Non Compos Mentis

Balakumar Rajendran

Latin term meaning of Non Compos Mentis is “Not of a sound mind, memory, or understanding.” Defendants could argue in their defence that they were not responsible for the crime, owing to the fact that they are not sound in mind and therefore they cannot be held liable for their act. This type of defence can be taken only if the defendant totally lack in reasoning and understanding, and defendant should not be able to differentiate between right and wrong. If the defendant comes under the above said conditions then the juries deliver the verdict of “Non Compos Mentis.” Section.84 of the Indian Penal Code deals with act of the person of unsound mind[1].

There are four kinds of persons who may be said to be Non Compos Mentis

  • An Idiot;
  • One made Non Compos by illness
  • A lunatic or a mad man
  • One who is drunk

Person who can take up the defense of  Non Compos Mentis are who cannot count twenty, or tell the days of the week, or who do not know their father or mother.[2] Section 84 of IPC itself provide that the benefit is available only after proving that at the time of committing the act, he must be affected by the disease of mind and he must not be knowing that the act he was doing is lawful or not. In Siddhapal Kamala Yadav v state of Maharashtra the appellant murdered a person and pleads before the Supreme Court of India that he was in an unsound mind while performing the act, so he can’t be held under section 302 of IPC, but the doctors who attended the appellant gave a report that the appellant was normal and he was not in unsound mind when the act was done, taking the medical records into account Supreme Court declared that section 84 of IPC does not have any application to the facts of the case.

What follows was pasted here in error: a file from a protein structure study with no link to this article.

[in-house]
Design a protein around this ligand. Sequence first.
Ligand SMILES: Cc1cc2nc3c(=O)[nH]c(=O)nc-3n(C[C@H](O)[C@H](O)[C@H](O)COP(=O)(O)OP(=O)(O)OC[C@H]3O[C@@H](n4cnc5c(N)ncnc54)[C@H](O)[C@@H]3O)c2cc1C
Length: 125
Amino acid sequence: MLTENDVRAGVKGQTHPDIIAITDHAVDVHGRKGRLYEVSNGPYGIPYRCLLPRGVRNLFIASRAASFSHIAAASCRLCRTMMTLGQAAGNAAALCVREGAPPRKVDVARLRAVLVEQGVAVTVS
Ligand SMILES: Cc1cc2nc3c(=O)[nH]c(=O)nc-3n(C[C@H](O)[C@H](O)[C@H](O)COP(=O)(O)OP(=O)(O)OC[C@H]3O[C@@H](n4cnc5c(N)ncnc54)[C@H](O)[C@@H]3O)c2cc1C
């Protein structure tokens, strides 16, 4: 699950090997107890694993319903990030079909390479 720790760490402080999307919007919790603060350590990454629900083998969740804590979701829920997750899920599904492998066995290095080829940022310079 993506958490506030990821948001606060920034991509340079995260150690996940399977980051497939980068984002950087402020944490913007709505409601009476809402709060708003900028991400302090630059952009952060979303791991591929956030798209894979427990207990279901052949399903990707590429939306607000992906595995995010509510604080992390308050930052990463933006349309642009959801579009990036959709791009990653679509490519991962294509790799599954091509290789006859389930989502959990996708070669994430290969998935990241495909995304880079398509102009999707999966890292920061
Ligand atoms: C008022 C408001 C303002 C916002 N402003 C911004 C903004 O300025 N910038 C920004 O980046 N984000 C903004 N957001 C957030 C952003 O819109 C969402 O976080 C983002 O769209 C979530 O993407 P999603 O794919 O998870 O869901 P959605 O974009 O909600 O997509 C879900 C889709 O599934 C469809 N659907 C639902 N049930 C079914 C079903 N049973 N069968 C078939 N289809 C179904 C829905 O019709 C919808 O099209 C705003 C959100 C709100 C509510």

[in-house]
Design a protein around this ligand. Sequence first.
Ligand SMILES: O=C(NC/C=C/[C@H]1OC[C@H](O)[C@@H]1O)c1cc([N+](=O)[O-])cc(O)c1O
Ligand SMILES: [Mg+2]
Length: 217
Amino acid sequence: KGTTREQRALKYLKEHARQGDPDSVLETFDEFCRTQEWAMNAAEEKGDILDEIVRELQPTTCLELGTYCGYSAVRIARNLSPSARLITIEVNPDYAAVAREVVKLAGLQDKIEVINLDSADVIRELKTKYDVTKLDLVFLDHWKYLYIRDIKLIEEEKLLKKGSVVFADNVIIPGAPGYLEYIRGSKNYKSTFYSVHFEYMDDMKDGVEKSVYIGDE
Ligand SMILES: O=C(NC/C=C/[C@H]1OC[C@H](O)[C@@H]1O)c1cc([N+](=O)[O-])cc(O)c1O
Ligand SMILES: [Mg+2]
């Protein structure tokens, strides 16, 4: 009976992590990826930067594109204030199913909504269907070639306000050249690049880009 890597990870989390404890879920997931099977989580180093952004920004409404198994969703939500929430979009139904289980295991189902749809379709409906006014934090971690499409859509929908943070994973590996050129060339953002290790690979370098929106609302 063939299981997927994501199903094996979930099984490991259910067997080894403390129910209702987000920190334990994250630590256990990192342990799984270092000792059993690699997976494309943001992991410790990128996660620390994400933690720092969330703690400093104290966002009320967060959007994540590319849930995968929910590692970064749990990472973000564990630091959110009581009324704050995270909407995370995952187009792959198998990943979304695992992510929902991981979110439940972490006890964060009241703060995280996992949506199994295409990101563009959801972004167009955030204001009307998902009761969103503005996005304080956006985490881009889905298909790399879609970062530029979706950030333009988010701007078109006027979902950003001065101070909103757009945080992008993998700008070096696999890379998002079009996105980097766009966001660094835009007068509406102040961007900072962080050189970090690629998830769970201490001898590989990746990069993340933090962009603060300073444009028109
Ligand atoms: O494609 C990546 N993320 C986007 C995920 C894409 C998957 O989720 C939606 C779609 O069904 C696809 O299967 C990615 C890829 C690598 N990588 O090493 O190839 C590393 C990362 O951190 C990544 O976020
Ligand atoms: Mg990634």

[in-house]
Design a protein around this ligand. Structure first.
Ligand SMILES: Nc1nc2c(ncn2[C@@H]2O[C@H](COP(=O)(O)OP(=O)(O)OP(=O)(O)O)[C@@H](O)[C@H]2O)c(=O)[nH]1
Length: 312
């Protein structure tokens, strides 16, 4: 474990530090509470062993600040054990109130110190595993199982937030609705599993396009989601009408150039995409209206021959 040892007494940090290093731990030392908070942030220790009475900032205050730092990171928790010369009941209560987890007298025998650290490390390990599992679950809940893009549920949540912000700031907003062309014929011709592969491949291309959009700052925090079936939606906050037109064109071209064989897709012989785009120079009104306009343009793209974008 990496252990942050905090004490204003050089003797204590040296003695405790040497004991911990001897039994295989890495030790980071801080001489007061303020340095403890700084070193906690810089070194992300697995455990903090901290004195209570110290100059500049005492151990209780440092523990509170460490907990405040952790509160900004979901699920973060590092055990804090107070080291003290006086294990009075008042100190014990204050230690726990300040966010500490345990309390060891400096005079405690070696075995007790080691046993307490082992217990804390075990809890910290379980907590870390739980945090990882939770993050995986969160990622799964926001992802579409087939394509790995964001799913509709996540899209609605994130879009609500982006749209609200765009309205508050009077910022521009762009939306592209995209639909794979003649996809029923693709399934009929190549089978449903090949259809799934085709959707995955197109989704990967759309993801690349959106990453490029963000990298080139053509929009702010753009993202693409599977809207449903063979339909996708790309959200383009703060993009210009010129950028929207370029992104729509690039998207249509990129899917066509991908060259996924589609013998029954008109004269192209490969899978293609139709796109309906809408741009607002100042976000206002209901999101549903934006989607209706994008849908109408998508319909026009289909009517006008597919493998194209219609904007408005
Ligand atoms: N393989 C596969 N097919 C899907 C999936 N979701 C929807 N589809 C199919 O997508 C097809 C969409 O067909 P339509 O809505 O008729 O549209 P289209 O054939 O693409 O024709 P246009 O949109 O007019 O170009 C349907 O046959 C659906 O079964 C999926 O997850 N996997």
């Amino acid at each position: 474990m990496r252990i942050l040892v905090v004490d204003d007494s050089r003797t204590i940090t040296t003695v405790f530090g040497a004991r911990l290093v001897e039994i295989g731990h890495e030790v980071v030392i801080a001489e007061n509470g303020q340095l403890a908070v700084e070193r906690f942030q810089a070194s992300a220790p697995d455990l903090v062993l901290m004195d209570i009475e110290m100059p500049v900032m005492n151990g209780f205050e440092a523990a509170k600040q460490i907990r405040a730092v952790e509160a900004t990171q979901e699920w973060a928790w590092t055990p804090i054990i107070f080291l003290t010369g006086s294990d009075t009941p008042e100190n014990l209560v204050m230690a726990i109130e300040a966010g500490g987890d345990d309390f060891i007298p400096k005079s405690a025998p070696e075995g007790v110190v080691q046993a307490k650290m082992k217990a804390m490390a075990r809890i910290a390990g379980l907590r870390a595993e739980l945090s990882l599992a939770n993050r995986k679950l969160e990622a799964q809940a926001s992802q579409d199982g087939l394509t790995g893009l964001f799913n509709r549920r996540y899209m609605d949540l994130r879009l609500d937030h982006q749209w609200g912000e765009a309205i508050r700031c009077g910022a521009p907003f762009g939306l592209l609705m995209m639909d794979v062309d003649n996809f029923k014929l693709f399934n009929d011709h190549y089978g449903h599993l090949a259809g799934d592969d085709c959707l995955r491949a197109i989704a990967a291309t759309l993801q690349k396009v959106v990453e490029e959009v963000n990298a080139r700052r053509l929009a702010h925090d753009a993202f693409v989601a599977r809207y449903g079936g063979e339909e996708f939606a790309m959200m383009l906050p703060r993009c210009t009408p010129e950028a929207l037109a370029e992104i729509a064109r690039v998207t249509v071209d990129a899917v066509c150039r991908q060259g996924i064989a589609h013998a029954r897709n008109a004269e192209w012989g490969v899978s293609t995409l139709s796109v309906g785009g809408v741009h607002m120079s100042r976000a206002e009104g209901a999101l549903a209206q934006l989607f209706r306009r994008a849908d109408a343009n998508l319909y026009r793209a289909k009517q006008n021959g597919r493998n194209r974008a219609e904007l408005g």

In Paramjeet Singh v state, a man was arrested for murdering his own daughter and causing injuries to the wife and the other two children, he claimed that he had unsound mind at the commencement of the act and he held that there was not motive in committing such a act, The Delhi high court held that motive cannot be a ground to access 84 of IPC, further on looking into the facts the neighbor came to the spot and said the appellant to through his knife away and so did the appellant which proves that he was not in a state of unsound mind he knows what was happening. So the Delhi High court dismissed the case on the grounds that article84 of IPC cannot be applicable.

[1] 84. Act of a person of unsound mind.—Nothing is an offence which is done by a person who, at the time of doing it, by reason of unsoundness of mind, is incapable of knowing the nature of the act, or that he is doing what is either wrong or contrary to law.

[2] See Archbold’s Criminal Pleadings, Evidence and Practice, 35th Edn. pp.31-32; Russell on Crimes and Misdemeanors, 12th Edn. Vol., p.105; 1 Hala’s Pleas of the Grown

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